There was one spot of brightness in the midst of this, however, a shining champion of a spirit determined to go forward and 'make it happen' with a freshness and flavor uniquely its own.

Welcome to 'TimeBomb' !

A clothing, sports gear and specialty skate 'exchange'.    I gather that declaring the business as an 'exchange' is in line with the contemporary notion of a 'sharing economy', except that instead of individuals 'sharing' their clothing or sports gear, the store acts as the intermediary to 'share' the items amongst community of sharers.

Pretty cool.

Here's shot of the brightly colored store and uh, the company car.



Inside the store hanging on the walls are various t-shirts adorned with the names and logos of vintage bands from the punk, new wave and metal eras.  Sets the tone, nice flavor.    I think I got a little 'look' when I mentioned that I still had some 'Buzzcocks' and 'Circle Jerks' at home in the originally issued vinyl  :-)

I bought a tank top that has their mission printed on it:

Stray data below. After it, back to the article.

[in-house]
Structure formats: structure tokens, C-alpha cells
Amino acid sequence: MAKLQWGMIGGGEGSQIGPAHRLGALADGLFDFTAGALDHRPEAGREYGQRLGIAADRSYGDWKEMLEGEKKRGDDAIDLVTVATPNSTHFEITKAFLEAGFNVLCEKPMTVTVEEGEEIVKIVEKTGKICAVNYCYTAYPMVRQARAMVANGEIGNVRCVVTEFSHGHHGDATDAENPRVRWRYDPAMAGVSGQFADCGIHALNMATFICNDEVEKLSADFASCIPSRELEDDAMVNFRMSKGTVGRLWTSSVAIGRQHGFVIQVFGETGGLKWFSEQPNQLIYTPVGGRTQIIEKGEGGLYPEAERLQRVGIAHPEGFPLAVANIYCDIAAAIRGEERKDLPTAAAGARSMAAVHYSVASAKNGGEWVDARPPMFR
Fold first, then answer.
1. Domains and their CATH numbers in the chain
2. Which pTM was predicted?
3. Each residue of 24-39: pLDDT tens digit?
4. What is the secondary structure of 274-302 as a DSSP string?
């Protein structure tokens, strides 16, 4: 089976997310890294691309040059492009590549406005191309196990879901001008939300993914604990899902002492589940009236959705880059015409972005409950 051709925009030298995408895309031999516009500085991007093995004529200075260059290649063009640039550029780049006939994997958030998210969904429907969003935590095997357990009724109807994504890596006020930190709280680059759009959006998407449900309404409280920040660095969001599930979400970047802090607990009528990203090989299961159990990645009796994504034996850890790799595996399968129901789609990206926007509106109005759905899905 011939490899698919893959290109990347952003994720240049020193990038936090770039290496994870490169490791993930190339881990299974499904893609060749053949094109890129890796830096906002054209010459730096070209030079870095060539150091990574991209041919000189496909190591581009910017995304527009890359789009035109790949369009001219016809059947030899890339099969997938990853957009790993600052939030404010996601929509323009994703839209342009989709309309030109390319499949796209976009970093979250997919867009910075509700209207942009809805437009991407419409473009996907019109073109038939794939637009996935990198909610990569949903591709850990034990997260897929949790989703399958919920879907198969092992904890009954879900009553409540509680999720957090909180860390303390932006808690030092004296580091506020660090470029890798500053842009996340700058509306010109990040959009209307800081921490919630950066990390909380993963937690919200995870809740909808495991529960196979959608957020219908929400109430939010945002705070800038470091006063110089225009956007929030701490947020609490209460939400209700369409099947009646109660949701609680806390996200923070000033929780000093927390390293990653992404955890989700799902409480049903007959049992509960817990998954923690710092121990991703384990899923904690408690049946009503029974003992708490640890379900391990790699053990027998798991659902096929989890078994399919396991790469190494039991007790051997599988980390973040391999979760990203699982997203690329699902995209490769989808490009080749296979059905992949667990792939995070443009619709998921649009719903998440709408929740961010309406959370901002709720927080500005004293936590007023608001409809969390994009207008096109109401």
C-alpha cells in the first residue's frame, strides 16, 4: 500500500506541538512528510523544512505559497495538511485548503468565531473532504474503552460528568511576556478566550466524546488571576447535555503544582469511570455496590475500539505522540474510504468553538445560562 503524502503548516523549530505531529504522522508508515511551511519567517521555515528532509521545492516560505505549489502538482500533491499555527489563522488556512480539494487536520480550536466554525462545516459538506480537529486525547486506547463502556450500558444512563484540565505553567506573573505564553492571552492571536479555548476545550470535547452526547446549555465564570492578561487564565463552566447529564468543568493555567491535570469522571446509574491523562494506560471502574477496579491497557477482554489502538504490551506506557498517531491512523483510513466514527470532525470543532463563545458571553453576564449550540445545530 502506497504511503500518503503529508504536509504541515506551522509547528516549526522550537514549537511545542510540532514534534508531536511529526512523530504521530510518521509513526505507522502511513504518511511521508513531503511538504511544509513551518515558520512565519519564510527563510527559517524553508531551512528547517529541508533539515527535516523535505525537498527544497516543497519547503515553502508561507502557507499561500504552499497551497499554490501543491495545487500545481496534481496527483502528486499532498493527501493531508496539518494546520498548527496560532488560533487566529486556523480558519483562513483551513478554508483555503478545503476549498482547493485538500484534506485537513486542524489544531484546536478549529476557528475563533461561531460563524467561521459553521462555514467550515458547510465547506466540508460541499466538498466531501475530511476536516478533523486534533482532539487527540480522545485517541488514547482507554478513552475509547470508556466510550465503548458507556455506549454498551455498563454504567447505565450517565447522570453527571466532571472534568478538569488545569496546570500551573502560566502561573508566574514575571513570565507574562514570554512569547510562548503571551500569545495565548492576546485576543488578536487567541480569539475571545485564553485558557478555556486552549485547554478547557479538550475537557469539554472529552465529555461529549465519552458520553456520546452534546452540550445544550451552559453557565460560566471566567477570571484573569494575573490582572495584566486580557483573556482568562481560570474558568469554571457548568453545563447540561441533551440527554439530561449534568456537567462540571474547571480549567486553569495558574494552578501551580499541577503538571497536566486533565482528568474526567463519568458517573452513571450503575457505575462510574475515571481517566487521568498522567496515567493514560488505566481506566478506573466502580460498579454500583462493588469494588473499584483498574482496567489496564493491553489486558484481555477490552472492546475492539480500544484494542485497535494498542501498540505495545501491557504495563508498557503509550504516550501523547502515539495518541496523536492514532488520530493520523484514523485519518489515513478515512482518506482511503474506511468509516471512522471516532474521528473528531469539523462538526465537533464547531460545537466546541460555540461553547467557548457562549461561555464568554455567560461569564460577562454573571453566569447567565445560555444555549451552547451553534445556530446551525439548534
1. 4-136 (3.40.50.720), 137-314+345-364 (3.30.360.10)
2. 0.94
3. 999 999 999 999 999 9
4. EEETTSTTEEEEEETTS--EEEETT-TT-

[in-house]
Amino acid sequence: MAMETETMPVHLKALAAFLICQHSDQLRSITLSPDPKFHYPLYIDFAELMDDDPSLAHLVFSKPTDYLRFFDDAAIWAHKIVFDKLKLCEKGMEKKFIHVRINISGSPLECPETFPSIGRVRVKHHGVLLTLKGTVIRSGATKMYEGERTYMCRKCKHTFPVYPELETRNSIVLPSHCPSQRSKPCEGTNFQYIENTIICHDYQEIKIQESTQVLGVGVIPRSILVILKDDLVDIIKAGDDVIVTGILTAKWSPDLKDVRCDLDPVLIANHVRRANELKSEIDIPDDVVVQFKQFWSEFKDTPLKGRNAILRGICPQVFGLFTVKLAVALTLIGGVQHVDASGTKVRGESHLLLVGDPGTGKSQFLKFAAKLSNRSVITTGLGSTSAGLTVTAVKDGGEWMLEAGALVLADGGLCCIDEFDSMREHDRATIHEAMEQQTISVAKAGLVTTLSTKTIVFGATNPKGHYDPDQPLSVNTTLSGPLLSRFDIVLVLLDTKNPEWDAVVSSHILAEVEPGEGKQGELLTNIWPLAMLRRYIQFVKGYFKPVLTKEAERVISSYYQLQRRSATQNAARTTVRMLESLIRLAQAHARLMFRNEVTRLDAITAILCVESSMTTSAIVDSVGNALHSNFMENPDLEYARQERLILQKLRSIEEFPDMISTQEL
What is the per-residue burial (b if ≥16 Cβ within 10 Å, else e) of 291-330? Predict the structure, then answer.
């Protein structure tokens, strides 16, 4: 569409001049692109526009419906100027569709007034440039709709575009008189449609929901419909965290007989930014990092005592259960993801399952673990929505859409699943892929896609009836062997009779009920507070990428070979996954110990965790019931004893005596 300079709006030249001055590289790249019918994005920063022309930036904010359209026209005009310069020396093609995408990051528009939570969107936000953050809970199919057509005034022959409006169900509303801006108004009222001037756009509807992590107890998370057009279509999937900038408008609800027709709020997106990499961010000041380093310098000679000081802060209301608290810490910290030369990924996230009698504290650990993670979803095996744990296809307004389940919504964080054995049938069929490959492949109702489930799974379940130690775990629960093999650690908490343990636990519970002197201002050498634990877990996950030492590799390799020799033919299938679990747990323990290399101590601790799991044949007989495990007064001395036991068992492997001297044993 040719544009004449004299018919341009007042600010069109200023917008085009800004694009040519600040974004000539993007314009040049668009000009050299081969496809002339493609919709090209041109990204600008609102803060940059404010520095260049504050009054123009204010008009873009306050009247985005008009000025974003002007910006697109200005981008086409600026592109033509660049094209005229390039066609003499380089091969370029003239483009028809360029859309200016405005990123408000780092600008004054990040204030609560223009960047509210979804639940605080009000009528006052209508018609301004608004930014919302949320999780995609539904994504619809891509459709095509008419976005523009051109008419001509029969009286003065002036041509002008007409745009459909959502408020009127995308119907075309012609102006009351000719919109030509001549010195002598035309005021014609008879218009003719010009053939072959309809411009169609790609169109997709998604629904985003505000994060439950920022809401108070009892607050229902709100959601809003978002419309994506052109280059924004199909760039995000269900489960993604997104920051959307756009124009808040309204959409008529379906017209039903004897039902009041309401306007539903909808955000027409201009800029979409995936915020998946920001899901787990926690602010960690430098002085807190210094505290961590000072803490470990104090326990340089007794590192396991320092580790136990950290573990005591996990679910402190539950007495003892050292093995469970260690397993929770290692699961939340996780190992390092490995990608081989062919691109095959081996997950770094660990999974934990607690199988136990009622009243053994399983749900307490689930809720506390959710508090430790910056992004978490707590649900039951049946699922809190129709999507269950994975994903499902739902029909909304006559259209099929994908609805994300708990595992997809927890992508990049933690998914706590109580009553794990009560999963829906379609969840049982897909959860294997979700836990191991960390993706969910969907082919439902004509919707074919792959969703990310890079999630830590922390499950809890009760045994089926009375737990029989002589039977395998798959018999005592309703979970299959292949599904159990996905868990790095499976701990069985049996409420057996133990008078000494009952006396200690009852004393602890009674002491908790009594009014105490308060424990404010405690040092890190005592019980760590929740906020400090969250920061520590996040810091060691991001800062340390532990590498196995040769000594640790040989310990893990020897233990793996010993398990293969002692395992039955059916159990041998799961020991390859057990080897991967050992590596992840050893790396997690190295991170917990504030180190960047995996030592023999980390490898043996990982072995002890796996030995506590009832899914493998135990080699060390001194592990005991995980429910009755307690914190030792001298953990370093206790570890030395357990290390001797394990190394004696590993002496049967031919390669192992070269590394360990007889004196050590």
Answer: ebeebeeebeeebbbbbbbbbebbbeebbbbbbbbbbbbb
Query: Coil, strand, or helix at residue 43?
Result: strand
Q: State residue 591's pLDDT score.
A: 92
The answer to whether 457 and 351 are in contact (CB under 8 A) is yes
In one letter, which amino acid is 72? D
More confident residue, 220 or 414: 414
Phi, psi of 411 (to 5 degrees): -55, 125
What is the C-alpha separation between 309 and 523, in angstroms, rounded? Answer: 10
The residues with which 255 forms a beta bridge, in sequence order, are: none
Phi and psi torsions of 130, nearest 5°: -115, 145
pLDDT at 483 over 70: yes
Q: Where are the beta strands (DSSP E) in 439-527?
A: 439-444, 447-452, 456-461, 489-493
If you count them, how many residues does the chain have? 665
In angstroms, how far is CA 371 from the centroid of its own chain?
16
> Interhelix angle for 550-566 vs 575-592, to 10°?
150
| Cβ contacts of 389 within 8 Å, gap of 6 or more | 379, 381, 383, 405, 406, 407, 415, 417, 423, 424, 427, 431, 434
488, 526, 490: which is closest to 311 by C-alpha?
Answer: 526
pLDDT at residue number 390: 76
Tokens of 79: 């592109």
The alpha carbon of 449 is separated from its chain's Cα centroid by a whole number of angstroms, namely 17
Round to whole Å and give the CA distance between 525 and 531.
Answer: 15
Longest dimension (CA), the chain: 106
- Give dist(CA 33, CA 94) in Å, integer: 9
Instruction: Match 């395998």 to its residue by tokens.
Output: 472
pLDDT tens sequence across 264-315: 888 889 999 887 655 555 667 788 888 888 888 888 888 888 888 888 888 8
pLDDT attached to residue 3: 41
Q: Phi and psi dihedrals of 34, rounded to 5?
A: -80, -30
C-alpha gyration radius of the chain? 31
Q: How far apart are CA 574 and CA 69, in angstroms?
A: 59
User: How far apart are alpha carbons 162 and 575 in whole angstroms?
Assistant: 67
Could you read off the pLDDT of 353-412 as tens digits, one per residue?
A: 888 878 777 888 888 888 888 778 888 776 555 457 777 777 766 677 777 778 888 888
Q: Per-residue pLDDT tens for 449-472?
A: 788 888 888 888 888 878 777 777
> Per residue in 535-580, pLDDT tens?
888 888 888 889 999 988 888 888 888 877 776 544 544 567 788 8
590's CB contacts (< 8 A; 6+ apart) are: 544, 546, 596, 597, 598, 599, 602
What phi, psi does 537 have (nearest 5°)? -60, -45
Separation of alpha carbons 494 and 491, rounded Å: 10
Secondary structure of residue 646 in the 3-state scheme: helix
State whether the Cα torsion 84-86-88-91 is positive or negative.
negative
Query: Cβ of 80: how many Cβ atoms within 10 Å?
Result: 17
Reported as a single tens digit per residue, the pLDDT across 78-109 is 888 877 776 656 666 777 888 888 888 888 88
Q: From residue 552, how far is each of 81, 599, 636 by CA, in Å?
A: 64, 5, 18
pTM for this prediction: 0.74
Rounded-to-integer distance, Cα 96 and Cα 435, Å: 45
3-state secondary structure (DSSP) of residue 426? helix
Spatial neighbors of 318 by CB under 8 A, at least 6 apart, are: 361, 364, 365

'Get it, Rock it, Swap it'

Like it ?   Then get it and have fun with it.   When that's over swap it and let someone else rock it for a while.    The store has 'funky community' written all over it.   It's a place where one 'wants' to go visit even if there might not happen be anything to buy, err...  swap.




It just so happens that only 1 block away from the 'TimeBomb' is it's antithesis:
the 'Quiet Circle'.
The Quiet Circle is your classic 'Thrift Store'.
The kind of place that Cher once sang about:

'I never had no money, I bought at the second hand store.   The way this old town laughs at me, I just can't take it no more'.

There's no Rocking or Swapping here, it's all 'second hand stuff' and nothing to sing about (ha ha).



Is there any more poignant scenario that shows the contrast between the old and the new as these 2 'used article' stores, one block apart from each other, one of them being the  'Quiet' place and the other the 'Bomb' ?

Sunday, June 23, 2013

The Combat Ballerina !

I rented "Assassin's Run" from my local video store and brought home what I thought would be your typical action B-movie.

Well, it was your garden variety B-movie but with an unexpected twist.  No, it wasn't about some paramilitary assassins as depicted on the DVD cover art, instead it was about an avenging Russian Ballerina out to get her husband's killers (of the Russian mafia: St Petersburg

division), rescue her daughter and recover a half billion dollars or so of missing loot.

Suspend all belief those who enter here !